I tried doing that yesterday and came across about 30 pages of information. There were stories about Earl, and I got to listen to some of Earl’s recordings that I hadn’t heard in a long time. They were just as refreshing now as they had been when I had first heard them.

Difficult Times

My mind goes back to the early ’90s, when our country encountered some bad times. Many of our clients at the time — some of them Fortune 500 companies — were pulling back from their advertising and marketing budgets. It was a bad time for all.

Even in bad times, however, there is always good to be found. I learned this from a person I haven’t yet mentioned in this article because I wanted to write a column on just him: Lloyd Victor Conant.

He was Earl’s partner throughout all the years they were together at Nightingale-Conant. Lloyd had a thriving printing business and letter shop when he first met Earl. They hit it off right away.

Lloyd seemed to be the exact opposite of Earl. For Lloyd, the very thought of speaking in front of a group caused him to break out in a sweat, lose his appetite and endure all manner of other maladies. I guess it’s now called stage fright. And Lloyd had it — bad.

We started talking about different things you could do in front of a group and tricks that speakers used to quiet a noisy audience. Despite the difference in our ages, he became my mentor and close friend. In fact, his son, Vic, and I still see each other socially and talk about the good old days. Vic is, and always will be, one of the nicest human beings to walk the face of the earth.

And those are the things that I learned during my career: Care about people; go out of your way to make them feel good about your relationship with them; always compliment them; and always do something nice for them at least once every year. If you do those things, you will have learned some of the most important things that Lloyd taught me.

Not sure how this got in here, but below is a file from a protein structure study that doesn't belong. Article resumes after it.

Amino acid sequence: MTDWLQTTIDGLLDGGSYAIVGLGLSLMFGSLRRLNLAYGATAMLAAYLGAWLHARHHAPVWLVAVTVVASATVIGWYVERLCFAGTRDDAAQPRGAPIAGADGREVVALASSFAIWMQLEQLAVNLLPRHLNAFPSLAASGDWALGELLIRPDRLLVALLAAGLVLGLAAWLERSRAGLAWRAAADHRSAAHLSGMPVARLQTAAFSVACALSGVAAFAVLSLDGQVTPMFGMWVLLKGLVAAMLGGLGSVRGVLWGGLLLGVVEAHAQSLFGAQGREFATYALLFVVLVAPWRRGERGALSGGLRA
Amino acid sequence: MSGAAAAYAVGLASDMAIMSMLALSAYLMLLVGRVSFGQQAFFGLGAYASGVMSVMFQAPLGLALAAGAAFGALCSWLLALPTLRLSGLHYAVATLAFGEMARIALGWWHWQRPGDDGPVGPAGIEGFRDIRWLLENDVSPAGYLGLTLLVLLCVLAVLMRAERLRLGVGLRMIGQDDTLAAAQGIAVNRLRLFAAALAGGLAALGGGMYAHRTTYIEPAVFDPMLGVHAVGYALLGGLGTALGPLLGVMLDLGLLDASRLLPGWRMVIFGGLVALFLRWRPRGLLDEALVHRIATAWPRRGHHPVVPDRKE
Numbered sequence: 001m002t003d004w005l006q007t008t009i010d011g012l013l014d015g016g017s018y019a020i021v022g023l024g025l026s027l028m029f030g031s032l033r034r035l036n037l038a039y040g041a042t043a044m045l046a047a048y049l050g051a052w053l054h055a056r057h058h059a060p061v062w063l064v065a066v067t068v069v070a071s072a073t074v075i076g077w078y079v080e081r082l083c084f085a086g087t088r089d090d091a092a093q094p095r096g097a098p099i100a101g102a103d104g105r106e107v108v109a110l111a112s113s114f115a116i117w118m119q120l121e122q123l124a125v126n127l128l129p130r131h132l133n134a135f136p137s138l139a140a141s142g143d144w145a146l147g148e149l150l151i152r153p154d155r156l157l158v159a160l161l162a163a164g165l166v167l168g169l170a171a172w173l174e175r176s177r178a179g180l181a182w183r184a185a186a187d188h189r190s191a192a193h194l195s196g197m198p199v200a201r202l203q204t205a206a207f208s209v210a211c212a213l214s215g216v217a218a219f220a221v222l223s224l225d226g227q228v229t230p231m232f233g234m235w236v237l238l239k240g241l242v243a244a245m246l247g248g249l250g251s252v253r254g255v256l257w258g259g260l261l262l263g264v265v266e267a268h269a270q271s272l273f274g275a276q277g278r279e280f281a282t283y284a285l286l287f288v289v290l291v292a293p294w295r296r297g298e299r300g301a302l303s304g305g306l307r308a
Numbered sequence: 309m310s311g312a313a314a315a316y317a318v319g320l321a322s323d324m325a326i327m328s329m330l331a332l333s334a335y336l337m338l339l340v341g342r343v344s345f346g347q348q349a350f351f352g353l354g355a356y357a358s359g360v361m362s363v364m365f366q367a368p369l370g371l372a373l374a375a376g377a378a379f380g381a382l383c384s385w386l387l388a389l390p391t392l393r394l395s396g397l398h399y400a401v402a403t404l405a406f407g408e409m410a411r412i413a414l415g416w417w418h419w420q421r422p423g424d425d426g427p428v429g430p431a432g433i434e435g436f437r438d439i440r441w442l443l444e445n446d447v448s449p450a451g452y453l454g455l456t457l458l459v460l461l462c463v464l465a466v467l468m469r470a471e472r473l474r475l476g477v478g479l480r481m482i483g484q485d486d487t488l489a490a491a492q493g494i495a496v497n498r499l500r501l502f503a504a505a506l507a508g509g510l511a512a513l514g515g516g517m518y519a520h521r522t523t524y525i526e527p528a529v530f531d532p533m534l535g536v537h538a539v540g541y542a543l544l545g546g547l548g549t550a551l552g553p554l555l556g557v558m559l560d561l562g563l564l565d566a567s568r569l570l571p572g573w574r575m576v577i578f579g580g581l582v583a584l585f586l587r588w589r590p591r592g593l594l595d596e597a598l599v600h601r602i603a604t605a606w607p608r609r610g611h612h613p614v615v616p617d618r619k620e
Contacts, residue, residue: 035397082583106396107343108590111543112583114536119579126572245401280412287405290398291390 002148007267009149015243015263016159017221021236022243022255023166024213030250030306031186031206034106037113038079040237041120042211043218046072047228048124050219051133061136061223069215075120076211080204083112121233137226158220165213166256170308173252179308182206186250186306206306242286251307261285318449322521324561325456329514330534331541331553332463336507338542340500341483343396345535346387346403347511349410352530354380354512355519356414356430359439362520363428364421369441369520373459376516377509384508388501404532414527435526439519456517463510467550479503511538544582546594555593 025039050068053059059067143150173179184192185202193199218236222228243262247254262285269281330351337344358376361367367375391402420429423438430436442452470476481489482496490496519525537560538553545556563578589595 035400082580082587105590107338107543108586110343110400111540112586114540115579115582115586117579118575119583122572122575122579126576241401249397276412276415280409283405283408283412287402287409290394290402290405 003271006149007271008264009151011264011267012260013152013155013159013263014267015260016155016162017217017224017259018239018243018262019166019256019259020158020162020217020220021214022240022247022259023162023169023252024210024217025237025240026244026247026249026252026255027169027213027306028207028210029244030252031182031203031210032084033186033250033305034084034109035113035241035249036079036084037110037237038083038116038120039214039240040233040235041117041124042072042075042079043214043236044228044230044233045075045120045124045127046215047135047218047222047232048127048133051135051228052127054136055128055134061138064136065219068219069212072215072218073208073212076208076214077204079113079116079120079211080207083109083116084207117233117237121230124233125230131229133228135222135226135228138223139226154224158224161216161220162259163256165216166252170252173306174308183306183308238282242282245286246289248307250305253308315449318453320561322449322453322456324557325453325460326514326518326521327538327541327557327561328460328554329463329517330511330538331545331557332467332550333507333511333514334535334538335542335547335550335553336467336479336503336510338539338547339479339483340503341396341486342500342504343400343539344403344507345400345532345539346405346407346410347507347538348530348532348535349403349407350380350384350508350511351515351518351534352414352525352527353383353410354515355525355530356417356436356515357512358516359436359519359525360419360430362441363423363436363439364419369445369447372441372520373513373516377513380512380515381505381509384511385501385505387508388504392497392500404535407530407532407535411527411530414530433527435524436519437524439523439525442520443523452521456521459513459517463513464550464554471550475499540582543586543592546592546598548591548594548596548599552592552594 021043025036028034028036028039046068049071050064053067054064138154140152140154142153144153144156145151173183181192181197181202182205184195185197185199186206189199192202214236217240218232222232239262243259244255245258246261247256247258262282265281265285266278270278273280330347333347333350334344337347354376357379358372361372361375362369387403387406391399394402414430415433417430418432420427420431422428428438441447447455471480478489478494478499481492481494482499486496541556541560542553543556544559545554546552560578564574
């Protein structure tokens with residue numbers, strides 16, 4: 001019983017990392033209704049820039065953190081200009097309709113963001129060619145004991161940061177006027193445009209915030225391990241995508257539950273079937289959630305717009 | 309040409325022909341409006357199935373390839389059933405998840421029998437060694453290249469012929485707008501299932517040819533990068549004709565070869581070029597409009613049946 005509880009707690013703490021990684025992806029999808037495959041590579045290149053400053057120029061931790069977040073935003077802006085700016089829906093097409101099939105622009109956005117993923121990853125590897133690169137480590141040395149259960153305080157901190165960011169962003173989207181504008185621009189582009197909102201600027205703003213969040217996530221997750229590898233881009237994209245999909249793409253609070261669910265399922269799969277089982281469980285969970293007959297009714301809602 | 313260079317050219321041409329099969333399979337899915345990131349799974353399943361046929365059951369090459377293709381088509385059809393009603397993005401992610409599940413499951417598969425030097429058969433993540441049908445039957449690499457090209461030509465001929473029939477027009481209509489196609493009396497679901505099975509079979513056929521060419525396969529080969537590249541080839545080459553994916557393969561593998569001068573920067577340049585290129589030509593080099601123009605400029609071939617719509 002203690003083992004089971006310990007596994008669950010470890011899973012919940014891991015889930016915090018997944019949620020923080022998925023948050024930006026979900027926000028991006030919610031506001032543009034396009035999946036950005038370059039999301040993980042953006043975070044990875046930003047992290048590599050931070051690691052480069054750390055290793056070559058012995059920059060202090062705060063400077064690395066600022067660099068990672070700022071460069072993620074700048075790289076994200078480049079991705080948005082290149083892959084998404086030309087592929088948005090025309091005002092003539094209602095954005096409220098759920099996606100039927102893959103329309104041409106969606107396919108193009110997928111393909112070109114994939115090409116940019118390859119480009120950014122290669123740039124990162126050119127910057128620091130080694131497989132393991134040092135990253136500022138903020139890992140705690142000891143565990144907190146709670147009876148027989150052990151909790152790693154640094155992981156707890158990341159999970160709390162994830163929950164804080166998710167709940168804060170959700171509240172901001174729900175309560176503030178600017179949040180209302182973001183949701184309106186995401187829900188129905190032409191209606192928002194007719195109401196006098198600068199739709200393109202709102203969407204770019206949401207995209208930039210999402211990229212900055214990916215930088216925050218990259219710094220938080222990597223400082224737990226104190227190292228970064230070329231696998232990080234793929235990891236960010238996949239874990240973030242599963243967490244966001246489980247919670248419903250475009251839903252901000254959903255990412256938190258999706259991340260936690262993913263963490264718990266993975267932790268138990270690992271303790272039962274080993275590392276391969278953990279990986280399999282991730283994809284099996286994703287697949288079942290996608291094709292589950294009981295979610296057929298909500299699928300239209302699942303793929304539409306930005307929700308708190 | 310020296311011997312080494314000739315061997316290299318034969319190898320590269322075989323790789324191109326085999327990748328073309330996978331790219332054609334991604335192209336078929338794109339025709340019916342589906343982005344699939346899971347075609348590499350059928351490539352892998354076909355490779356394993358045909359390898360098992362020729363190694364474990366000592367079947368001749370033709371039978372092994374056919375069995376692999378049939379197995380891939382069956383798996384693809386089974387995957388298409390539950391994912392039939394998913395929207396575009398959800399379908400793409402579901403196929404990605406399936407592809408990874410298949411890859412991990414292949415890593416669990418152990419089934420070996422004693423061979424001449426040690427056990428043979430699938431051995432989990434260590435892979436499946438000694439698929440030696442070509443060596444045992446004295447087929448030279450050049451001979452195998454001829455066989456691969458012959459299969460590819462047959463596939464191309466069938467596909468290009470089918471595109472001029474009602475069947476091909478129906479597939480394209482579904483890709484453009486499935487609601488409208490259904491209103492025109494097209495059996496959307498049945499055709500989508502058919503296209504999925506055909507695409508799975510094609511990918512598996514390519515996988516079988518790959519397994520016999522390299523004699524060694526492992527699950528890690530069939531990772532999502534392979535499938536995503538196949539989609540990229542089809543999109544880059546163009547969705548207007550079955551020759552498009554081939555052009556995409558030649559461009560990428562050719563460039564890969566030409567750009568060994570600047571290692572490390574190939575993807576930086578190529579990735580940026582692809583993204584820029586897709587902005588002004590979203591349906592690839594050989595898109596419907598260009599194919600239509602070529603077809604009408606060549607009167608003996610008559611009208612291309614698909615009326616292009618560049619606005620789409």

You might be wondering why I chose to write about this, and why I will probably do so again. It’s because my relationships with Lloyd and Vic were more important to me than anything else I learned during our time together.

Something Else I Learned

Lloyd has since passed on. Vic still runs the company, just as his father did, and with the same attitude toward customers and employees alike. That is something else that I learned and am sharing with you.

And, frankly, the lesson doesn’t really depend on what business or industry you’re in or you came from. Always look for some good — somewhere, somehow. You’ll be a much better and happier person for it.

By the way, if you look on Google for the company Nightingale Conant, you’ll see lots of ads or offers to obtain Earl’s recording of what he calls “The Strangest Secret.”

When you hear it, you’ll know what it is, and if it applies to you. You will have learned what many consider to be the greatest secret of the universe.

Happy hunting!

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About the Author


Ron Davis is the founder and president of Davis Mergers & Acquisitions Group, Inc., a firm that specializes in acquisitions and mergers. He has more than 40 years of industry experience.